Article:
Microsoft’s WorldWide Telescope
Tomorrow morning, I’ll be on NPR talking with Dave Meyer about the lack of innovation in technology today. Before that hits the air, let me carve out an exception for both the Google Sky and Microsoft WorldWide Telescope products.
On Google’s side: they did it first (or finished it first), it opens in a browser with no installation, and it’s cool.
On Microsoft’s side: the database seems to be much larger, the images don’t almost always run out of depth after a few zooms, and there is much more detail available for a given star, galaxy, location.
Curtis Wong, in charge of the latter, was kind enough to come up to the Beach Palace Hotel today to help install the beta on my system (it turned out that I had a .Net update issue, totally separate, which remains unsolved, which was the problem).
Curtis ran WWT on his MacPro, and on my PA’s HP running Vista, with almost no problems.
What is it? A complete (many survey) stitched-together map of the universe, available in various wavelengths, from many distances (i.e., resolutions, exposure times and telescope/camera combinations), which allow the user to appear to seamlessly look (or travel from) anywhere on Earth throughout the heavens.
Who needs acid?
In fact, Who needs a telescope?
This is such an amazing integration feat that it is difficult to grasp at first. Want to see the InfraRed profile of any part of the universe, at any depth? Sure. Want to fade into the visual, and then into the radio wavelengths? OK.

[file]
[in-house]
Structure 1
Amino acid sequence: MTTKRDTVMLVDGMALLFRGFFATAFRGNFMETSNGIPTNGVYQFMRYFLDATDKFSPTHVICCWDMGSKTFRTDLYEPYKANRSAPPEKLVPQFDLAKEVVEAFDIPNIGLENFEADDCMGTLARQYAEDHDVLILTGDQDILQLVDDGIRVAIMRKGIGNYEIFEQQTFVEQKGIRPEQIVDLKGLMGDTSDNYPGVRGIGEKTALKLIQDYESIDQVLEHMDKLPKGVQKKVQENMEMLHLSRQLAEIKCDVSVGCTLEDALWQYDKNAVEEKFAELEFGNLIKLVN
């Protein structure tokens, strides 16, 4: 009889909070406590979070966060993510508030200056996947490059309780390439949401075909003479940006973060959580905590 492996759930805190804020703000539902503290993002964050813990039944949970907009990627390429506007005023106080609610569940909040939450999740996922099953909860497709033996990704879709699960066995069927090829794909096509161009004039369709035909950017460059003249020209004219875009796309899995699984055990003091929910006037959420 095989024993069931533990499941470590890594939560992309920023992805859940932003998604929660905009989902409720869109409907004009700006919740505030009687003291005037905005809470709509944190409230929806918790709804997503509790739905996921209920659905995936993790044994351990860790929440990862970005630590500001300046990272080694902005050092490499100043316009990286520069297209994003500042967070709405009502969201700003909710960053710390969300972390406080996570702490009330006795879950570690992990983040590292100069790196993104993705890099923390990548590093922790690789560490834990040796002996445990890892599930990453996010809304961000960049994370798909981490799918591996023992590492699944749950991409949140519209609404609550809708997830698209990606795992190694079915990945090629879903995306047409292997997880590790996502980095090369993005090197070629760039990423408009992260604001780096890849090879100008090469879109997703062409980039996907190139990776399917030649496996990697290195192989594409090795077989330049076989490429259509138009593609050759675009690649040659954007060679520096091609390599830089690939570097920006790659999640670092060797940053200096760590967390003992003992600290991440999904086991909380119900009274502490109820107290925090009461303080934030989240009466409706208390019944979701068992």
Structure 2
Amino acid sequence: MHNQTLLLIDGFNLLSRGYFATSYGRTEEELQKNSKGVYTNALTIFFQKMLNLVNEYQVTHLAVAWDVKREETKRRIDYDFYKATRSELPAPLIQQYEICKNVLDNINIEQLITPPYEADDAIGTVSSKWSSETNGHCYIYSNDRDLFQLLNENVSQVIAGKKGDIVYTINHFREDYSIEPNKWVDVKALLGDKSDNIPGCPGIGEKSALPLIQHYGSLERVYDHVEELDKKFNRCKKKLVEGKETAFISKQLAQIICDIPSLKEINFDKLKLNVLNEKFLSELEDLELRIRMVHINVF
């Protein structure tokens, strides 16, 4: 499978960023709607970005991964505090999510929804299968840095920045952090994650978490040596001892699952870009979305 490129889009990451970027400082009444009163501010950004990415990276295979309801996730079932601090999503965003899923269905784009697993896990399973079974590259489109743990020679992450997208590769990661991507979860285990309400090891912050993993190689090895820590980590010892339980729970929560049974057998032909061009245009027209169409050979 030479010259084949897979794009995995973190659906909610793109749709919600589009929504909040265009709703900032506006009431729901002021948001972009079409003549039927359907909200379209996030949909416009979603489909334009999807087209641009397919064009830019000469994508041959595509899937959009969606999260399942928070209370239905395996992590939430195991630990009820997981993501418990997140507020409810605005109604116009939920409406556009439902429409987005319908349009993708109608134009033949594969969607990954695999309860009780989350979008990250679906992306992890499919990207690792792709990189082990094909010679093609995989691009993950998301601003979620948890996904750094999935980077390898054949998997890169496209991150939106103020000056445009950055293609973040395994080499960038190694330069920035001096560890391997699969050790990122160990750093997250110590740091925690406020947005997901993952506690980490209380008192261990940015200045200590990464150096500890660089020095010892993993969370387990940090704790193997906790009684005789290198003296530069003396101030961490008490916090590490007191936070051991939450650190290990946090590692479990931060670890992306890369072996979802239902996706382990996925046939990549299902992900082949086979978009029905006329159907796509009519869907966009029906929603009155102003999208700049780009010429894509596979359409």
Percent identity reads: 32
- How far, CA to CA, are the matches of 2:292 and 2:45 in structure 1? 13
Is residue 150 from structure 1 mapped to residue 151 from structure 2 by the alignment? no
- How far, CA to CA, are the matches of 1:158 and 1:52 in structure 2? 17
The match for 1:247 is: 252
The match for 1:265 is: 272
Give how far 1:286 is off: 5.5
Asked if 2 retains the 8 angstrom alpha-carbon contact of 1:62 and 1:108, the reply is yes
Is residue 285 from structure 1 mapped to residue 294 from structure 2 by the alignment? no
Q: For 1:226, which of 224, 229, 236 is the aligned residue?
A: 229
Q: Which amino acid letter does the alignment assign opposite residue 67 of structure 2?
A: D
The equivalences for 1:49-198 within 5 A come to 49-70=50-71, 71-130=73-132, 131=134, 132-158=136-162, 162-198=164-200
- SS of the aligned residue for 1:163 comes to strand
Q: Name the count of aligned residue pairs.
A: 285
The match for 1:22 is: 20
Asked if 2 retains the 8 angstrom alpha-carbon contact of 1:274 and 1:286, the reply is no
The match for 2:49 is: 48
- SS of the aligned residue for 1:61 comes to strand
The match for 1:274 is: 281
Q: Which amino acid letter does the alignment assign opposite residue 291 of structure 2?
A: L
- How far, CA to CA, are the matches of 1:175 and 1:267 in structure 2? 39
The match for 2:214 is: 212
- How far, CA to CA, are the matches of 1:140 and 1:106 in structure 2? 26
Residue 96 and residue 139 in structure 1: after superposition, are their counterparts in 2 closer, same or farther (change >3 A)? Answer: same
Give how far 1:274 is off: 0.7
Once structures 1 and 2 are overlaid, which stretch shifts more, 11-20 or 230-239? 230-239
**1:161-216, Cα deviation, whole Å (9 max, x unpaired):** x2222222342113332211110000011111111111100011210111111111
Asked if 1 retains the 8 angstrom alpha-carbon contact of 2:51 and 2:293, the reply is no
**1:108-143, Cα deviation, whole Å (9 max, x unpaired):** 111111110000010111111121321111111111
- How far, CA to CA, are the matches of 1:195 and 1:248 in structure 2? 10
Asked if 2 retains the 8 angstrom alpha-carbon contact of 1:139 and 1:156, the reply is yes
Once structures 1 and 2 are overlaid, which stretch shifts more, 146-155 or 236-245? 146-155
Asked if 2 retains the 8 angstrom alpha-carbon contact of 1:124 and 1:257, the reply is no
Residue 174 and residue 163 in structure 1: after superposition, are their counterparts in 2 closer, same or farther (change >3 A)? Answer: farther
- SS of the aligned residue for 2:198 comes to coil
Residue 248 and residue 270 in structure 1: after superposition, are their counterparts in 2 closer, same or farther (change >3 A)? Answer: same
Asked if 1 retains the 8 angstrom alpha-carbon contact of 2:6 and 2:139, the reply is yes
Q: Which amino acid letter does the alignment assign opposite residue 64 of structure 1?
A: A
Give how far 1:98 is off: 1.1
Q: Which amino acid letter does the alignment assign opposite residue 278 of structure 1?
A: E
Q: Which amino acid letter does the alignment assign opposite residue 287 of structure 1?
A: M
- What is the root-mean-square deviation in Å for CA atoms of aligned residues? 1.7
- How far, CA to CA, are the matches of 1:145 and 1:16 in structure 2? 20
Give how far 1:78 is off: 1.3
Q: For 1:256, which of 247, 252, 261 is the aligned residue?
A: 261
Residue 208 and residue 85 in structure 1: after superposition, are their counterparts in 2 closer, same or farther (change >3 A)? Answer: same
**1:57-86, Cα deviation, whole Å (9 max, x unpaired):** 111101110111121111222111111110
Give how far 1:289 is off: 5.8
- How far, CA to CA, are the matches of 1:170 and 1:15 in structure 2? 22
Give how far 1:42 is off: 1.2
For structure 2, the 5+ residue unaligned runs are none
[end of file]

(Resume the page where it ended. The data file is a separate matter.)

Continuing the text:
For someone who has toiled going back and forth from one thing to another, the ease of this transition is simply stunning. What yesterday would have taken weeks of time and a small staff to accomplish, now happens with a cursor click.
For the young, the idea of looking into the heavens will no longer be tantamount to looking at a 2D sheet of white lights. For the first time, kids can see and appreciate the color, depth, variety and dynamism of the living universe, all in a matter of seconds. You won’t be surprised I recommended to Curtis that he propose WWT to the Project Inkwell Working Group on Content and Software, for inclusion in K12 learning environments.
It’s time for kids to learn about the stars – adults, too.
Participants in FiRe 2008 will have a chance to meet Curtis, and to see WWT in all its glory – in an even greater version than has been shown to date. Be there, or be square.
And thank you, Curtis; innovation is alive and well at Microsoft Research.